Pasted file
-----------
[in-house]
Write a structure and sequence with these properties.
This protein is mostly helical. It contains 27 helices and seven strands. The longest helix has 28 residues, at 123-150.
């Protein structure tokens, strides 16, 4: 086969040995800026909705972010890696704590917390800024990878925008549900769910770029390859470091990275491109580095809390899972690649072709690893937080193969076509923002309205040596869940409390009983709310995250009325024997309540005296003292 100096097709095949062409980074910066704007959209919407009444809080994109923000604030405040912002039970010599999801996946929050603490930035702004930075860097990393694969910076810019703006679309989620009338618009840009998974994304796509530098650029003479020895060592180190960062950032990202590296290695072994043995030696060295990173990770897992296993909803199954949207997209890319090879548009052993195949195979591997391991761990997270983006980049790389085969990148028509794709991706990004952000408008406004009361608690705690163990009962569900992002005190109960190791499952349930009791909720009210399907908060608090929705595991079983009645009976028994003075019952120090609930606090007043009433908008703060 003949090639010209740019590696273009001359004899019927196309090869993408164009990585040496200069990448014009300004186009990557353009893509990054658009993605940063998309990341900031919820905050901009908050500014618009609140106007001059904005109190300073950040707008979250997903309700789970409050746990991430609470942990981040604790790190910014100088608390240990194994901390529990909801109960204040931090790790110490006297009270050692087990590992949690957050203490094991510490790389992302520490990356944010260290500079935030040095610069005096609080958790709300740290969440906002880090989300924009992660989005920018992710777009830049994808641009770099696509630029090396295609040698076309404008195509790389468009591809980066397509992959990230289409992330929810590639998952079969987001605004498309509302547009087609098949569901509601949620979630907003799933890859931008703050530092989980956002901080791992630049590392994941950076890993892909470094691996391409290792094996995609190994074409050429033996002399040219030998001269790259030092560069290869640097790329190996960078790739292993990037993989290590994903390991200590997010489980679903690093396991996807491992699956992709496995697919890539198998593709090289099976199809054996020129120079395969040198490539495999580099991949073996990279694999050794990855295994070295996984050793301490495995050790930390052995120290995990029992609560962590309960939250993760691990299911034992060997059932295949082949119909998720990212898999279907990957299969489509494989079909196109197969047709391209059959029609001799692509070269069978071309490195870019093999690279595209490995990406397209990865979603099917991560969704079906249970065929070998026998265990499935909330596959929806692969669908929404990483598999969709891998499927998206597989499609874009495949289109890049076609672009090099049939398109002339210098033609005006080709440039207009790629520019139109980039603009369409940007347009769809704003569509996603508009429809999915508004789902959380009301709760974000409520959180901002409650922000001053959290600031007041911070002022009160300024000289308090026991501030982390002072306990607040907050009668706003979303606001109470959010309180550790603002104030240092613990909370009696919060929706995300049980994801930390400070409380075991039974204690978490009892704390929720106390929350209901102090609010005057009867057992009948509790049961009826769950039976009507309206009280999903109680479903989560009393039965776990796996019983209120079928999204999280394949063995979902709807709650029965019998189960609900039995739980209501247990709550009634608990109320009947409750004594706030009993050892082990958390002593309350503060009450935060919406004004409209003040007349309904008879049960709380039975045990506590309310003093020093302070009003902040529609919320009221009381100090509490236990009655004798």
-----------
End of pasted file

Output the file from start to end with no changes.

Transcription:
[in-house]
Write a structure and sequence with these properties.
This protein is mostly helical. It contains 27 helices and seven strands. The longest helix has 28 residues, at 123-150.
């Protein structure tokens, strides 16, 4: 086969040995800026909705972010890696704590917390800024990878925008549900769910770029390859470091990275491109580095809390899972690649072709690893937080193969076509923002309205040596869940409390009983709310995250009325024997309540005296003292 100096097709095949062409980074910066704007959209919407009444809080994109923000604030405040912002039970010599999801996946929050603490930035702004930075860097990393694969910076810019703006679309989620009338618009840009998974994304796509530098650029003479020895060592180190960062950032990202590296290695072994043995030696060295990173990770897992296993909803199954949207997209890319090879548009052993195949195979591997391991761990997270983006980049790389085969990148028509794709991706990004952000408008406004009361608690705690163990009962569900992002005190109960190791499952349930009791909720009210399907908060608090929705595991079983009645009976028994003075019952120090609930606090007043009433908008703060 003949090639010209740019590696273009001359004899019927196309090869993408164009990585040496200069990448014009300004186009990557353009893509990054658009993605940063998309990341900031919820905050901009908050500014618009609140106007001059904005109190300073950040707008979250997903309700789970409050746990991430609470942990981040604790790190910014100088608390240990194994901390529990909801109960204040931090790790110490006297009270050692087990590992949690957050203490094991510490790389992302520490990356944010260290500079935030040095610069005096609080958790709300740290969440906002880090989300924009992660989005920018992710777009830049994808641009770099696509630029090396295609040698076309404008195509790389468009591809980066397509992959990230289409992330929810590639998952079969987001605004498309509302547009087609098949569901509601949620979630907003799933890859931008703050530092989980956002901080791992630049590392994941950076890993892909470094691996391409290792094996995609190994074409050429033996002399040219030998001269790259030092560069290869640097790329190996960078790739292993990037993989290590994903390991200590997010489980679903690093396991996807491992699956992709496995697919890539198998593709090289099976199809054996020129120079395969040198490539495999580099991949073996990279694999050794990855295994070295996984050793301490495995050790930390052995120290995990029992609560962590309960939250993760691990299911034992060997059932295949082949119909998720990212898999279907990957299969489509494989079909196109197969047709391209059959029609001799692509070269069978071309490195870019093999690279595209490995990406397209990865979603099917991560969704079906249970065929070998026998265990499935909330596959929806692969669908929404990483598999969709891998499927998206597989499609874009495949289109890049076609672009090099049939398109002339210098033609005006080709440039207009790629520019139109980039603009369409940007347009769809704003569509996603508009429809999915508004789902959380009301709760974000409520959180901002409650922000001053959290600031007041911070002022009160300024000289308090026991501030982390002072306990607040907050009668706003979303606001109470959010309180550790603002104030240092613990909370009696919060929706995300049980994801930390400070409380075991039974204690978490009892704390929720106390929350209901102090609010005057009867057992009948509790049961009826769950039976009507309206009280999903109680479903989560009393039965776990796996019983209120079928999204999280394949063995979902709807709650029965019998189960609900039995739980209501247990709550009634608990109320009947409750004594706030009993050892082990958390002593309350503060009450935060919406004004409209003040007349309904008879049960709380039975045990506590309310003093020093302070009003902040529609919320009221009381100090509490236990009655004798």